Michelle Chen of In These Times (reposted on Common Dreams) reports that workers at musical instrument retailer Guitar Center are striking a power chord for wage justice. Workers at two of the chains +200 stores have unionized. Now others are joining the fight. Chen notes that these employees often are connected through interests outside of work, such as bands, which will give them even more reason to show solidarity when the going gets tough.
Expect the going to get tough – Bain has owned the business since 2007. However, it’s important to note that the unionized stores organized during Bain’s ownership. When workers hang together, they are impossible to stop. Are you listening, McDonald’s? Walmart?
Presidential candidate Mitt Romney said today that he likes to fire people who provide bad service. His opponents jumped on this poor choice of words and linked it to Romney’s past as a venture capitalist for a company that often “reduced headcount” at firms it purchased.
Earlier in my career I was a manager. Firing an employee was a task I hated, even when I disliked the employee and had heavy documentation to justify my action. When I had to let an employee go, it meant that I had failed in hiring, training, and managing that person. Somewhere along the line, I shared the responsibility of the person being terminated. One of the main reasons I hope I never have to manage again is that I never want to fire another human being.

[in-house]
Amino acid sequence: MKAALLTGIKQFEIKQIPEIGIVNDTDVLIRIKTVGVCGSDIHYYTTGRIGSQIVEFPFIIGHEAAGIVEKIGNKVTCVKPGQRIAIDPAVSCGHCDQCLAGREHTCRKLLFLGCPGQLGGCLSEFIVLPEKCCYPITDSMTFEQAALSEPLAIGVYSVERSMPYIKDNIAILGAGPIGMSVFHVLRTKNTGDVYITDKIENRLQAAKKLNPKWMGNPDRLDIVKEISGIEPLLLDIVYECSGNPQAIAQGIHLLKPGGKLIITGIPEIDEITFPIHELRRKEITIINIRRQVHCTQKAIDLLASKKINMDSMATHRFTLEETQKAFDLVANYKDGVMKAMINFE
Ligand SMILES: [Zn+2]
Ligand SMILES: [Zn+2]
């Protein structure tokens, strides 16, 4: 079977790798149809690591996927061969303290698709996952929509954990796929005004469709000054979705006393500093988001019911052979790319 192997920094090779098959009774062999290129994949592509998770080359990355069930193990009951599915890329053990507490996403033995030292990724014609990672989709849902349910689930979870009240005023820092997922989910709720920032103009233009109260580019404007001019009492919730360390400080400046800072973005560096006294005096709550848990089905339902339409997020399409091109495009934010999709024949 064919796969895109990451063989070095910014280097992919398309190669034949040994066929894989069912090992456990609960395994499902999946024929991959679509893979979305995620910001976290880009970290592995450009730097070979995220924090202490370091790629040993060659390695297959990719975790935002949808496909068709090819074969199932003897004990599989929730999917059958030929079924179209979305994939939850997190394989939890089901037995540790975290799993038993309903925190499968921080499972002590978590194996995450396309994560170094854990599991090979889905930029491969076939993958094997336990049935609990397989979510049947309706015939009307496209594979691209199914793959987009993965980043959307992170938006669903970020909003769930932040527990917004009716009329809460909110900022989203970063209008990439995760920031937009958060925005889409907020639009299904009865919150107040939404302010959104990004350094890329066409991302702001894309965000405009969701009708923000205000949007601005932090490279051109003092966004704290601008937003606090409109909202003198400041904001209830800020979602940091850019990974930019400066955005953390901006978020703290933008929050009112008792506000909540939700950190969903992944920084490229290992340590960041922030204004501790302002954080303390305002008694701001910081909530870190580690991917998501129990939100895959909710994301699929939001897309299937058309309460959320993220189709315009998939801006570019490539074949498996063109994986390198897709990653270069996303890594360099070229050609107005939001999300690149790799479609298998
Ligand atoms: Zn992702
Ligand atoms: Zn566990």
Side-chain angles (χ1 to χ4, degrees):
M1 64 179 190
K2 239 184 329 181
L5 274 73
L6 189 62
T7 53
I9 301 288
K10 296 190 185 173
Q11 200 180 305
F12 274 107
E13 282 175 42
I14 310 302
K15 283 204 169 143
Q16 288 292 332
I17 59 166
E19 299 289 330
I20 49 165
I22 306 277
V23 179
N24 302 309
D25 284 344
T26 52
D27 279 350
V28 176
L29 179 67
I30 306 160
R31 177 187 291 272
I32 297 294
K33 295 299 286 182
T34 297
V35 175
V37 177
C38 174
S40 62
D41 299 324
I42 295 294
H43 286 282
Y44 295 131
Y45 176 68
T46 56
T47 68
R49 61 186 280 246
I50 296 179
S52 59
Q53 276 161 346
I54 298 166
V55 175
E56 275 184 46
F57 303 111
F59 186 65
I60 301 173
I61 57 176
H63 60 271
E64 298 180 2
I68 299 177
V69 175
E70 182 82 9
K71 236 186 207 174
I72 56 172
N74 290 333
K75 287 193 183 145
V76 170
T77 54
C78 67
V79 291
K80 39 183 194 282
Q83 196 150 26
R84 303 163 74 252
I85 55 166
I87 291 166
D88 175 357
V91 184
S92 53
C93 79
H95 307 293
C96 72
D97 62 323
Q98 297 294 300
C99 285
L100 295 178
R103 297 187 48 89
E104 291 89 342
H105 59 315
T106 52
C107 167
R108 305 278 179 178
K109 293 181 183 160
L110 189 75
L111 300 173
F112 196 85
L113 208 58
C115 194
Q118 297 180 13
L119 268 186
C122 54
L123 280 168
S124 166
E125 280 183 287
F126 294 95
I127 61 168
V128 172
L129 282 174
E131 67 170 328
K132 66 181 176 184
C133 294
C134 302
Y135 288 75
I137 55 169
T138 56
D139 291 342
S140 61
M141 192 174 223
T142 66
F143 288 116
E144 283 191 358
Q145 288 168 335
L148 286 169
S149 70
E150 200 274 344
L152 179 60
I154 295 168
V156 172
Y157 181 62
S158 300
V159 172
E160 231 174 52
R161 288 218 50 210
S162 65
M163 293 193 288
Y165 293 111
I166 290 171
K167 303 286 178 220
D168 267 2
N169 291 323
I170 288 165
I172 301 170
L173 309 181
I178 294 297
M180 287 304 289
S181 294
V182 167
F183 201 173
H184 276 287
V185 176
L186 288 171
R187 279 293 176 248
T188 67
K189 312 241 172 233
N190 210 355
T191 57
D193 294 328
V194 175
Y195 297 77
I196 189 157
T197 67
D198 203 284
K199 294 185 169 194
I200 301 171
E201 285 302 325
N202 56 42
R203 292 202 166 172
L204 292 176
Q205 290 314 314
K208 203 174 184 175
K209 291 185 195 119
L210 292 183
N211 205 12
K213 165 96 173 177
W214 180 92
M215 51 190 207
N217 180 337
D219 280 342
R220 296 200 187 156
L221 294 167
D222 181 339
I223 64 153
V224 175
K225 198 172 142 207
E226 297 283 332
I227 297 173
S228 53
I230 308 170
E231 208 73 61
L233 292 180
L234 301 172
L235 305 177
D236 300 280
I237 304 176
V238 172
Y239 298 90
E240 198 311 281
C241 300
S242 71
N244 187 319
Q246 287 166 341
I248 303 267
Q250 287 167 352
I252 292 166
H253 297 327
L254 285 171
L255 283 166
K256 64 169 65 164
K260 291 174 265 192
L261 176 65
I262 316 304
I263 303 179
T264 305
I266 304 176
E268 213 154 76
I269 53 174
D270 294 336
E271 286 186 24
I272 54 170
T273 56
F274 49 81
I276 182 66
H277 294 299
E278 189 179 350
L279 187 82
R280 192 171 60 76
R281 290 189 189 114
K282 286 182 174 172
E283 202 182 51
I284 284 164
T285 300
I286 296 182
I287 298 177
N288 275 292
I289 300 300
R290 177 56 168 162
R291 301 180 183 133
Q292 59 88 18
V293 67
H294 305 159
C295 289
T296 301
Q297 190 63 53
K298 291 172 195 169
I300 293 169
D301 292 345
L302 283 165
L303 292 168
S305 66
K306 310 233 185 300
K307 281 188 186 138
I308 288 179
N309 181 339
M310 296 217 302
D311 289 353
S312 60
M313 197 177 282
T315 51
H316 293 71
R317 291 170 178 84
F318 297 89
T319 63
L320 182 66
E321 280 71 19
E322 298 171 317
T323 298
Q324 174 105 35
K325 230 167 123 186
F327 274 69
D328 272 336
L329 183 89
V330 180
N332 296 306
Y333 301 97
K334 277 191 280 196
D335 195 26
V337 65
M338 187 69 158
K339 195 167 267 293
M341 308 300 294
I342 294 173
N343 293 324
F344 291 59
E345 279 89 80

One of the clients I met today was fired and replaced by a relative of his boss. He understood the “game,” but the dismissal still hurt. He put in extra time to complete a special project only to be told: “Thank you. There’s the door.” Many American workers over the last 35 years have heard that line. They build profitable companies only to see executives pursue even greater profits in low wage countries.
Mitt Romney’s choice of words was telling. He didn’t say, “I like to change companies or vendors when I get bad service.” He used the word fired. For many Americans, that word brings anger and tears, bad memories of an economy that puts profits over people and cheers for “job creators” who don’t seem to create any jobs. I liked hiring people because that was a hopeful activity. We need more hiring – more hope.